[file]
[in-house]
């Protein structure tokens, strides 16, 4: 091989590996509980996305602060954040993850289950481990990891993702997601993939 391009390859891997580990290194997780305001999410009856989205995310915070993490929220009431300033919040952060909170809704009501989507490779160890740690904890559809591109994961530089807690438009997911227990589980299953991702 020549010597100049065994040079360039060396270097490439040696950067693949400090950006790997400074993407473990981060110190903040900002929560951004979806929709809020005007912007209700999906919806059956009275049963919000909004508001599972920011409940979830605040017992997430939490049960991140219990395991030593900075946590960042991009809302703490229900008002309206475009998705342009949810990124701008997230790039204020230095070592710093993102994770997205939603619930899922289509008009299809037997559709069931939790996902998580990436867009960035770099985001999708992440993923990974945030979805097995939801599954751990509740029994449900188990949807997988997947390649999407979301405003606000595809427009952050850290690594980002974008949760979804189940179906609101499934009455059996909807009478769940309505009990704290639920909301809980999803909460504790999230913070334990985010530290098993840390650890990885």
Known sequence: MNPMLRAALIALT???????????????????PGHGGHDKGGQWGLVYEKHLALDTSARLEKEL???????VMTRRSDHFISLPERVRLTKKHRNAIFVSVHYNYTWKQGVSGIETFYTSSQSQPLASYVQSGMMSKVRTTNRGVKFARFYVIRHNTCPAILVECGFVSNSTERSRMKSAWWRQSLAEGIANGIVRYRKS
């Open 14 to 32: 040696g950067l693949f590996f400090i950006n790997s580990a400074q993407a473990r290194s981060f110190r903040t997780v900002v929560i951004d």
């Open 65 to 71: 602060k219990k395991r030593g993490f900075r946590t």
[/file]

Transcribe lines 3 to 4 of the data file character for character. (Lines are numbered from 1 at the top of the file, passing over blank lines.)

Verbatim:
Known sequence: MNPMLRAALIALT???????????????????PGHGGHDKGGQWGLVYEKHLALDTSARLEKEL???????VMTRRSDHFISLPERVRLTKKHRNAIFVSVHYNYTWKQGVSGIETFYTSSQSQPLASYVQSGMMSKVRTTNRGVKFARFYVIRHNTCPAILVECGFVSNSTERSRMKSAWWRQSLAEGIANGIVRYRKS
């Open 14 to 32: 040696g950067l693949f590996f400090i950006n790997s580990a400074q993407a473990r290194s981060f110190r903040t997780v900002v929560i951004d």